2. Type “shutdown /s /t 0” into the “location” line. This is an old DOS command Windows still recognizes. A full reference can be found here, but this line basically means shutdown this computer “/s” in 0 seconds “/t 0”.

shutdown

This won’t have  fancy icon, but you can pick one by right clicking on the shortcut, selecting “properties” and clicking “change icon”.

Command your computer

There’s a surprising amount you can still do with old DOS commands and I highly recommend you learn some. But one thing’s clear, you need a command prompt (or terminal as the Linux people like to say). The Apps view you brought up has this under the Windows System line:

Clipboard-3

Right click on the icon and click “Pin to taskbar” to send this to your desktop taskbar. While you’re there you can also get the task manager if you want it or the run command.

But command prompt does it all. Type the following for a few useful commands and programs:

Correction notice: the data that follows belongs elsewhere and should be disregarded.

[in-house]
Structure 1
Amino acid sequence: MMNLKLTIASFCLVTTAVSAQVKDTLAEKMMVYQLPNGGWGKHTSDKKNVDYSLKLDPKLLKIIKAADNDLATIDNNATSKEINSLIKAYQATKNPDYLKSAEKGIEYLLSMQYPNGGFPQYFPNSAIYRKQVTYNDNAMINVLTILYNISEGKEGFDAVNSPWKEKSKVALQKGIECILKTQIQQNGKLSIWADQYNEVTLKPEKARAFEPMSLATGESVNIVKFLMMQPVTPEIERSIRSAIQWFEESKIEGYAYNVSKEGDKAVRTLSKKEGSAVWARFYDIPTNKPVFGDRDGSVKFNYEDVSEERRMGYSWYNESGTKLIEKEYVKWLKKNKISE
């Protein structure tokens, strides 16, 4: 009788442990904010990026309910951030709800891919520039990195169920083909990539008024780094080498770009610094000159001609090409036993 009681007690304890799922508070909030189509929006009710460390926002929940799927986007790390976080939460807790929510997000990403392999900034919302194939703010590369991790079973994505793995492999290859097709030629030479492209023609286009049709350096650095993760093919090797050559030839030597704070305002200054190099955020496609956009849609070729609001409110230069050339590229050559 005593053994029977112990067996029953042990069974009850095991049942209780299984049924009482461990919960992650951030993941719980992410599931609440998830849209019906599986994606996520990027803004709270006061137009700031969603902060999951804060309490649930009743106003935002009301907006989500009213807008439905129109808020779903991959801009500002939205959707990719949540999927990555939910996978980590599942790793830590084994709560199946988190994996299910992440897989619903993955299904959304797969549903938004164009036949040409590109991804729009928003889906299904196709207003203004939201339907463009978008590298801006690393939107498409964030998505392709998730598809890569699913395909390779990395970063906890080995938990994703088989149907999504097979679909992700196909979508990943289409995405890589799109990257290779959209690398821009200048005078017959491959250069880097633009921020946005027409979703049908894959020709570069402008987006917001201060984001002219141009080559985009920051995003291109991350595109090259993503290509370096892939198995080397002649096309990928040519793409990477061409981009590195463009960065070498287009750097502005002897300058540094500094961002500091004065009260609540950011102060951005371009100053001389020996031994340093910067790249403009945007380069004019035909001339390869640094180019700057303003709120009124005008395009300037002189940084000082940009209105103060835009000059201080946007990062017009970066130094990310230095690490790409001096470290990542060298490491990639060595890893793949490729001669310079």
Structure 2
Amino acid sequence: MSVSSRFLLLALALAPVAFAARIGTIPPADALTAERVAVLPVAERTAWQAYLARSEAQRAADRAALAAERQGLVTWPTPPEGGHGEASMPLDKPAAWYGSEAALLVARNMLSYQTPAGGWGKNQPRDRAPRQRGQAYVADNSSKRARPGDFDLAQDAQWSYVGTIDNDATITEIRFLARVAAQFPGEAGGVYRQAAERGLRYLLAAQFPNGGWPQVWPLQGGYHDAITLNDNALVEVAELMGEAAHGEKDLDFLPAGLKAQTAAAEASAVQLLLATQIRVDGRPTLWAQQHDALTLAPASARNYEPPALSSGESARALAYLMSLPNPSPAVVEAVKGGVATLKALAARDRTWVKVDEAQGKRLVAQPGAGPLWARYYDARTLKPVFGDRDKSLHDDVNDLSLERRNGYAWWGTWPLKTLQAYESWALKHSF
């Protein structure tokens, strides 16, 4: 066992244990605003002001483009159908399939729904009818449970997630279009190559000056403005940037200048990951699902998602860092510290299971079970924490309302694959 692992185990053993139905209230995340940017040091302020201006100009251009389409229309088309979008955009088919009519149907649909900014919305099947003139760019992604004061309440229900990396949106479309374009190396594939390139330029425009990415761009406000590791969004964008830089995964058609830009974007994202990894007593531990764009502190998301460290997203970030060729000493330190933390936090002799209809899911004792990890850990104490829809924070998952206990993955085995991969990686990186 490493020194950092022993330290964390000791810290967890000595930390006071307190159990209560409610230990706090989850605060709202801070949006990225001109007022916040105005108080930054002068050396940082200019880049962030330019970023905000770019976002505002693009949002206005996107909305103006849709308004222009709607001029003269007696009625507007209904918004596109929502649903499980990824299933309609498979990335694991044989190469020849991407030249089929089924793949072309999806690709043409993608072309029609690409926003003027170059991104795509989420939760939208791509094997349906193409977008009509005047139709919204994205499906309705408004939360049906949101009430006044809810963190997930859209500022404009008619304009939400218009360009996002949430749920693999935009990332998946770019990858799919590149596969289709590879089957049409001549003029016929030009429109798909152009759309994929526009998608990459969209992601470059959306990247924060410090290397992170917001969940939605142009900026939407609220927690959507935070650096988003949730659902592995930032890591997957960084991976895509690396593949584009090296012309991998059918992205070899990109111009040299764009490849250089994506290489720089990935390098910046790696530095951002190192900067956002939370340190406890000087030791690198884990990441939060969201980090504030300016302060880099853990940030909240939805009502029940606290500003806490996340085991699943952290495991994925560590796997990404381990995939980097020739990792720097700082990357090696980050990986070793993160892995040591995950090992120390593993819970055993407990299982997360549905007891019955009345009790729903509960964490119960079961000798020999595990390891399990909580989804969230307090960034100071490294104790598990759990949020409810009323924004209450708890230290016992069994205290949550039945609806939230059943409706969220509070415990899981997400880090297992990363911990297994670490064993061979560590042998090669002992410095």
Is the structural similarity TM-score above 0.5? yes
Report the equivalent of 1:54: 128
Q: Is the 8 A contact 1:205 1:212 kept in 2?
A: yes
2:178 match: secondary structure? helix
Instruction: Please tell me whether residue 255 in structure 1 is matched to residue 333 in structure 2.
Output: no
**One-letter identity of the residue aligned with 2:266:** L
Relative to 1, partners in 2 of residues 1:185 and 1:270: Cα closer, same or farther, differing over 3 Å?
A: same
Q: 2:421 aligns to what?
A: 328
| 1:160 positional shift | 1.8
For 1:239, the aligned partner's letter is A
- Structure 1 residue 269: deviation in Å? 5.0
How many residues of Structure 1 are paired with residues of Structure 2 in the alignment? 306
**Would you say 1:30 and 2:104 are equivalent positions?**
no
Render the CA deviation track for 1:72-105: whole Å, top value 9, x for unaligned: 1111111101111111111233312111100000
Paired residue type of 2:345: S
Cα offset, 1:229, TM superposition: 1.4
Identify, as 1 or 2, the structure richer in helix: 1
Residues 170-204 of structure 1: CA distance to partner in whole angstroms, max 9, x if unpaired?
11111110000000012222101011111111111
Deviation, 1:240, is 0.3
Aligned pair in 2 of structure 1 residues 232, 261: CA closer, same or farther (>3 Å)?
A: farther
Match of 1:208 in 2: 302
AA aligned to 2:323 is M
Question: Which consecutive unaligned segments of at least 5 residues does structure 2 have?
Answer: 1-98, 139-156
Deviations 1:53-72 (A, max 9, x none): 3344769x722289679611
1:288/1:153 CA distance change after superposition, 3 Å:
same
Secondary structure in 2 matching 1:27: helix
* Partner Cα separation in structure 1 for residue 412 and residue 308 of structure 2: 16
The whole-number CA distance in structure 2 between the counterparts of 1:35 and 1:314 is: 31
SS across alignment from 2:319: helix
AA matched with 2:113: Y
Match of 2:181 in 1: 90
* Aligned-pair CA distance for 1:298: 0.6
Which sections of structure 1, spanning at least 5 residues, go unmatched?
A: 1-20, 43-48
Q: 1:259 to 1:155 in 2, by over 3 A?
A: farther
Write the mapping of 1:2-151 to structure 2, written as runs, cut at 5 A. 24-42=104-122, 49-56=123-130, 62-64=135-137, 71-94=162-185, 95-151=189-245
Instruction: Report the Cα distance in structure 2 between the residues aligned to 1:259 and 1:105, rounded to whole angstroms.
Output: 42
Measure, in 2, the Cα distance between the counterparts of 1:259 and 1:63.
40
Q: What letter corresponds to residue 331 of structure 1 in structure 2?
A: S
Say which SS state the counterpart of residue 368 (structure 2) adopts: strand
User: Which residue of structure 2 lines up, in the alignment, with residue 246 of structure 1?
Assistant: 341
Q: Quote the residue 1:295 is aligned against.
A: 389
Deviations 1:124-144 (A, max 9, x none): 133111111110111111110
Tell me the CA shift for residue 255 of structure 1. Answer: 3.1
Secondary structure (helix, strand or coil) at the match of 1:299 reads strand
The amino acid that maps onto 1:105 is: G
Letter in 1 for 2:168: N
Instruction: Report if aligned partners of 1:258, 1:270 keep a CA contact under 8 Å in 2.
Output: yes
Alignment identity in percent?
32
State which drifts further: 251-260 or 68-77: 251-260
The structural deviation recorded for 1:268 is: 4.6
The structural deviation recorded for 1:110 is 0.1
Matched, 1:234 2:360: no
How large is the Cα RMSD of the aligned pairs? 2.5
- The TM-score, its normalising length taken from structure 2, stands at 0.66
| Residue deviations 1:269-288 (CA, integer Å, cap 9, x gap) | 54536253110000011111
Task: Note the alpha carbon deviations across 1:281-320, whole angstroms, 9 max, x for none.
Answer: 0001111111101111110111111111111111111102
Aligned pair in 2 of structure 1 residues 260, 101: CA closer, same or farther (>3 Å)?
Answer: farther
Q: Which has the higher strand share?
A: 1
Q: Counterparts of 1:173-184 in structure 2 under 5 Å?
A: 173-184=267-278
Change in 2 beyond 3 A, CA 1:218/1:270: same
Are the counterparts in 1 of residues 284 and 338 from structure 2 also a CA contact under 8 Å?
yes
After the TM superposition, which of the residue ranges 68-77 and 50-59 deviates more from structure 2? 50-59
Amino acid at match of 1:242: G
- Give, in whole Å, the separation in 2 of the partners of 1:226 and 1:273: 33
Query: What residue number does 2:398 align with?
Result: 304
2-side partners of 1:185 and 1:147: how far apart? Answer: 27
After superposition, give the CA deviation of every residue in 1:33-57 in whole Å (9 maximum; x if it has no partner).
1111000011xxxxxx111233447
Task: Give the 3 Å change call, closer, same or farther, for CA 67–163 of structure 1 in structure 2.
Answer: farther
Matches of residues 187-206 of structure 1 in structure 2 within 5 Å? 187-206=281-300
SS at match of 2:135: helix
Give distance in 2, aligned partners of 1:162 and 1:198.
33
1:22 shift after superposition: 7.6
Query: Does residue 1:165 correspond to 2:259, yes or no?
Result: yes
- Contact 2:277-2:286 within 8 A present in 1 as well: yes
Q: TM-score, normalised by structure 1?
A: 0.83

• msconfig – Brings up your system configuration and allows you to change what programs are running at startup.
  • taskmgr – Brings up the task manager. Which also changes startup configuration apparently.
  • regedit – Brings up the registry editor.
  • dir /s /b > output.txt – Takes the current folder and creates a human readable text file with basic information about every file and subfolder in that directory.
  • calc – The old school desktop calculator, not the app.

Send it in a letter

Your best friend is the send to desktop icon. If your program is not listed in the Apps view (and it won’t catch them all), go the the program’s location on your computer and right click, hover over “send” and select “to desktop”. Between the taskbar and the desktop you should be able to put most of the programs you use on a daily basis without even having to bother with the start button. I use the left side for applications and the right side for games, and the task bar for stuff I get into all the time. If you’re a gamer, this is Steam and Desura’s time to shine, as one icon can get you access to a whole library of games.

&*%$! Homegroup Icon!

Noticed that, eh? Microsoft has a bug on some computers which causes the Homegroup icon to mysteriously appear on your desktop. You can’t delete it, can’t even move it. And you probably would never use it.